Raman Spectroscopy (RS) is a vibrational spectroscopic analysis technique that produces information about the chemical structure, phase, crystallinity, and molecular composition of a material. RS uses one or more lasers in the ultra-violet to the mid-infrared wavelength range, the selection of which depending on the required experimental capabilities.
The Archaeometry Laboratory recently acquired a Bruker Bravo™ handheld Raman spectrometer. The instrument is equipped with two laser diodes (excitation wavelengths of 785 nm and 852 nm) and can operate at a maximum (combined) laser output of 100 mW and a spot size of ~1 mm. It records signal intensity data at a spectral range of 300 - 3200 cm-1 at a resolution of 10-12 cm-1. One unique capability of the dual-laser system is sequentially shifted excitation (SSE), a technique that minimizes the effects of sample fluorescence on the resulting spectrum. It does this by operating the two lasers at sequentially shifted wavelengths (< 1 nm), during which the fluorescence bands and unwanted spectral artifacts remain at fixed positions in the spectrum while the positions of the Raman bands will shift slightly in response to the minor variations in excitation wavelength. During a single measurement, the instrument collects six independent interferograms that are subsequently compiled into a single calculated spectrum. This capacity enables the instrument software to then identify and subtract the unwanted fluorescence bands, resulting in significantly reduced spectral interferences. This capability is especially desirable for the analysis of materials with fluorescence-inducing components, which are commonly encountered in archaeomaterials analysis. See Jehlička and Culka (2021) and Culka and Jelička (2019) and for detailed evaluations of Bravo’s SSE functionality.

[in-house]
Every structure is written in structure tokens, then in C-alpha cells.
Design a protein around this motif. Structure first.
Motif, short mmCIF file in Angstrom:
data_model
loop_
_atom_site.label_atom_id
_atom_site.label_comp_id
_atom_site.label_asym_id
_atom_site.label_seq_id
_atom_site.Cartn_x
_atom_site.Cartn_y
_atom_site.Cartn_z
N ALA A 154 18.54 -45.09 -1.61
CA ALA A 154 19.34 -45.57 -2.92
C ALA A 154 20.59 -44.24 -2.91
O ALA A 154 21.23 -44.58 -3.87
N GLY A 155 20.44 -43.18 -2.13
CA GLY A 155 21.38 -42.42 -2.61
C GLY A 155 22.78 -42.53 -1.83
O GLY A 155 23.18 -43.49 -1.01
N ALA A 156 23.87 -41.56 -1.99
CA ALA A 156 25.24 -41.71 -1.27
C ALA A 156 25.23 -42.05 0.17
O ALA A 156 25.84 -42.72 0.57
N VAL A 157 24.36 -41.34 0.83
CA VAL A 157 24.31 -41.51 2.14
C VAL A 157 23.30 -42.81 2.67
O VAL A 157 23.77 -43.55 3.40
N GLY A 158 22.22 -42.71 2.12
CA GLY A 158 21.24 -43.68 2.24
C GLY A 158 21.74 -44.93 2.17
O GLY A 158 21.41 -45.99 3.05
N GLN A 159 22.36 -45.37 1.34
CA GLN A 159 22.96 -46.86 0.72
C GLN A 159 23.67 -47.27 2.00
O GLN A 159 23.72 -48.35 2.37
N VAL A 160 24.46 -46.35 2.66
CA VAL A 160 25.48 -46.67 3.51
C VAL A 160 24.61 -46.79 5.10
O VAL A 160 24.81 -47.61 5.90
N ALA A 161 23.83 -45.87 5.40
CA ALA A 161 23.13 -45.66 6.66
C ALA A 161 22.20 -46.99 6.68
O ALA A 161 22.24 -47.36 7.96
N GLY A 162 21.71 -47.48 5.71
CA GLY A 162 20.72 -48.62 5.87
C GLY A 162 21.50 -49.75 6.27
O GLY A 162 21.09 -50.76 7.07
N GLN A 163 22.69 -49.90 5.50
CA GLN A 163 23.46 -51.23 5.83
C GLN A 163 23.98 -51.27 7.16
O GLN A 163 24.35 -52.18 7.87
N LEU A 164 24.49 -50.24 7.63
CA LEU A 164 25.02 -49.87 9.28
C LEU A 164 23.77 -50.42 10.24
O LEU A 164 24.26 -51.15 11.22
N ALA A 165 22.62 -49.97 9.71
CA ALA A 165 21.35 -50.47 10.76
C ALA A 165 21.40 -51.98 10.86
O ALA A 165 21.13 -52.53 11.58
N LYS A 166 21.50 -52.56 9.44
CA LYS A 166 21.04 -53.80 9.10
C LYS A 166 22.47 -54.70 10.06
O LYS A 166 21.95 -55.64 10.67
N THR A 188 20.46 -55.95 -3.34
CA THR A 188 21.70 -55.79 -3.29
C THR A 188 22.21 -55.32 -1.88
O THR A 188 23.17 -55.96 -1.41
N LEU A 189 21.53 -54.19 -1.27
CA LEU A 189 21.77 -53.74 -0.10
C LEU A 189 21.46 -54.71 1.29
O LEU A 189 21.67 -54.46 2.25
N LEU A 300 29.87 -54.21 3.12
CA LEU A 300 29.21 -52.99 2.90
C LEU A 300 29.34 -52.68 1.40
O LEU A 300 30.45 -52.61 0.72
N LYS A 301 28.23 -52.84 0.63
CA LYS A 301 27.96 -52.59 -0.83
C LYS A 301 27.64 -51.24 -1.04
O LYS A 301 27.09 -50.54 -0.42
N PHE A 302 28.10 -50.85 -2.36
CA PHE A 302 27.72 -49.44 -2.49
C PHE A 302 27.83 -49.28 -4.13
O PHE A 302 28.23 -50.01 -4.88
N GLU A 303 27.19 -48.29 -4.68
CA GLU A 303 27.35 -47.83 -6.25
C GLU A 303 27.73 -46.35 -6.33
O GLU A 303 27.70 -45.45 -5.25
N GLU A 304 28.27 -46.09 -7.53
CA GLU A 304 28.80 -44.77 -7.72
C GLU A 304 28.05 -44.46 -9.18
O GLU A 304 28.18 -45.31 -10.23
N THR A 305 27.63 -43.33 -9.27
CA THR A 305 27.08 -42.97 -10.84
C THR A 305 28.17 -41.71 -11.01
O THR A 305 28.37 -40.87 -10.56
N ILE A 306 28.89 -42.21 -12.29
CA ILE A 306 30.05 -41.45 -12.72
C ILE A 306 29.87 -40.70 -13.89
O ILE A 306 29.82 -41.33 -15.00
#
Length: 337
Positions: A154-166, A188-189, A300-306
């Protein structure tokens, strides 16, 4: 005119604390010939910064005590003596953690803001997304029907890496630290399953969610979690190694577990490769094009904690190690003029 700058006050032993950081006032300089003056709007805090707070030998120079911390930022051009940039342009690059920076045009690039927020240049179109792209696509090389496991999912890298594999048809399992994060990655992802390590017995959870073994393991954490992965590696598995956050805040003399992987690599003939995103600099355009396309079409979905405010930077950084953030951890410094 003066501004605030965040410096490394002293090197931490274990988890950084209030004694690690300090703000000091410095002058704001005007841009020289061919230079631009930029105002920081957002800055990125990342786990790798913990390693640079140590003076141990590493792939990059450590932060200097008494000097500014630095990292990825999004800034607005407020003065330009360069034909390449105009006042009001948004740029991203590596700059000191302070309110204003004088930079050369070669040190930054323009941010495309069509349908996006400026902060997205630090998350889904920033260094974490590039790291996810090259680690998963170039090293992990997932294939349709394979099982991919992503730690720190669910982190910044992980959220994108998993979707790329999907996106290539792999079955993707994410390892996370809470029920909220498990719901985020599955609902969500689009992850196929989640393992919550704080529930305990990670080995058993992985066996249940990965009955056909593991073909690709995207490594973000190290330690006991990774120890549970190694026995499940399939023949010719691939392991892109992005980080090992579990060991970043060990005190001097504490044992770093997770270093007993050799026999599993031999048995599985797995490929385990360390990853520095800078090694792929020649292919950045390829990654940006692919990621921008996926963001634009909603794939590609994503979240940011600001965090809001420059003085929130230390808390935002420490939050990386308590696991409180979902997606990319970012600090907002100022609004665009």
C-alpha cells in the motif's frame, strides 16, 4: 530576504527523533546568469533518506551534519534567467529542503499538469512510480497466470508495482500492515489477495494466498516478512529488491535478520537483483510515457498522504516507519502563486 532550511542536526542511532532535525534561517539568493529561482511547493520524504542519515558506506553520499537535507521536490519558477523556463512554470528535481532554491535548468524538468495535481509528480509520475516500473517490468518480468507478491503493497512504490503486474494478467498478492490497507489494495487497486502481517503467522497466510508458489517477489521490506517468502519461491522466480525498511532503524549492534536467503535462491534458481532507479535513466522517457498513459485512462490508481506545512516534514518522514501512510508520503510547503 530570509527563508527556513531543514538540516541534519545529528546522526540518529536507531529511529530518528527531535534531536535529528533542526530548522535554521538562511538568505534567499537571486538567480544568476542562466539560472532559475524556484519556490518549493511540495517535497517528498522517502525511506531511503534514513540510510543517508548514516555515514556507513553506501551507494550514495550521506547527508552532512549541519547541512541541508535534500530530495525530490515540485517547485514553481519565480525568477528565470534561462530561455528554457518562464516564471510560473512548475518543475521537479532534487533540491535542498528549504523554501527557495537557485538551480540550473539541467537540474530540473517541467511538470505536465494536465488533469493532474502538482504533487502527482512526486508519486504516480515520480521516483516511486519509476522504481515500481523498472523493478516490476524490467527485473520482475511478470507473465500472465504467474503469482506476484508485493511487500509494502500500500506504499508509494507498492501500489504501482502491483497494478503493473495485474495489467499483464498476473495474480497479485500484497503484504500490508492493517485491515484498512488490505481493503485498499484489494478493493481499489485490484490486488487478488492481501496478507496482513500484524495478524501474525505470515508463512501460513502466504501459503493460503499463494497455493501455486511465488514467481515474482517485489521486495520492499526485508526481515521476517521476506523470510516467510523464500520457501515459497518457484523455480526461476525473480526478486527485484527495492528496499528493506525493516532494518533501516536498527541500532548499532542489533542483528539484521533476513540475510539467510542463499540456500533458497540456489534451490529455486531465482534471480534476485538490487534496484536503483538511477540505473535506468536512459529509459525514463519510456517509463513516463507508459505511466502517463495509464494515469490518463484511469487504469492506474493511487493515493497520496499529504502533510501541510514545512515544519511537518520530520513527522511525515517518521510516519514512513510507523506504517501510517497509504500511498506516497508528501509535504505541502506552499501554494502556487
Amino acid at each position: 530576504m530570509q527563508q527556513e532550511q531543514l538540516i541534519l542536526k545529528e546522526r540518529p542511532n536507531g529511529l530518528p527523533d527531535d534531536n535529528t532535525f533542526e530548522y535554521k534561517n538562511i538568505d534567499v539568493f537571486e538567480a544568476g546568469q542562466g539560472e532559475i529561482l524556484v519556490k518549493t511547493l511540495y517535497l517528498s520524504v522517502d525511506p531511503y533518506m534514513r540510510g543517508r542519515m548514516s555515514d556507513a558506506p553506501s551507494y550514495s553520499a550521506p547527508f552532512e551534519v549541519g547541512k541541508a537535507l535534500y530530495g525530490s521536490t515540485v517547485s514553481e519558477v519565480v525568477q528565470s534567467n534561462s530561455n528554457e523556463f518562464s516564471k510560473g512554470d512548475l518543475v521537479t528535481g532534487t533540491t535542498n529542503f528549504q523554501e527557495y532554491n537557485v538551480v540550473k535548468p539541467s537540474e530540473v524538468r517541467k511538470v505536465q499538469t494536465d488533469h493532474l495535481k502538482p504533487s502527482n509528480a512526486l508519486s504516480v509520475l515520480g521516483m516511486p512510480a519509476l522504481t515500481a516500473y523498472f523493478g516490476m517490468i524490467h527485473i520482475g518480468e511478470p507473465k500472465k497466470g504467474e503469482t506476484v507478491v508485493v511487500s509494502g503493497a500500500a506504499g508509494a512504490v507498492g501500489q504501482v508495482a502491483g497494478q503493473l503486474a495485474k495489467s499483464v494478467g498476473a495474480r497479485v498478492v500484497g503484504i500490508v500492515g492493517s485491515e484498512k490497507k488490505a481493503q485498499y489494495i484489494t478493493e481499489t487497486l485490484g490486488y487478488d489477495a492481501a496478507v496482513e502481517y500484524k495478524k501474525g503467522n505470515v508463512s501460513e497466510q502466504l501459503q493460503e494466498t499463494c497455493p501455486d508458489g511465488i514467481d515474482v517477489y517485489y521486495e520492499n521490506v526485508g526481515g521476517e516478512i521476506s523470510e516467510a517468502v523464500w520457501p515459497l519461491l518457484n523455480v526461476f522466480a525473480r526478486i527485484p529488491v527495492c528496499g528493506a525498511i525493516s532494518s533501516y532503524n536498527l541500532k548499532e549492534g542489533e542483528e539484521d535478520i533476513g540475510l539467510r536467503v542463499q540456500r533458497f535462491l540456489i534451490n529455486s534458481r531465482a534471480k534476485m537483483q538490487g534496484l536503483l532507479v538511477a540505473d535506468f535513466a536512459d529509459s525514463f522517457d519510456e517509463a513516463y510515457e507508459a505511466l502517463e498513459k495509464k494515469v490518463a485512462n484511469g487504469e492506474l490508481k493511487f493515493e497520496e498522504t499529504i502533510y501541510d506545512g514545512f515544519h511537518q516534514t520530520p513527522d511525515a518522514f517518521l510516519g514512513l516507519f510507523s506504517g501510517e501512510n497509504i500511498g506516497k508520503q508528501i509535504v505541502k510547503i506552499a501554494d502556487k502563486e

One major advantage for archaeological and geological applications is the portability of the handheld Bruker Bravo. This allows for the non-invasive analysis of materials in situ at remote field sites and museums. When coupled with our portable XRF instruments, it creates a powerful toolkit for the elemental and molecular characterization of materials.
Per-sample costs for Raman spectroscopic analysis ranges from $25-$50 per sample depending on the matrix and project needs. To obtain a quote for a prospective project please contact Dr. Brandi MacDonald for consultation.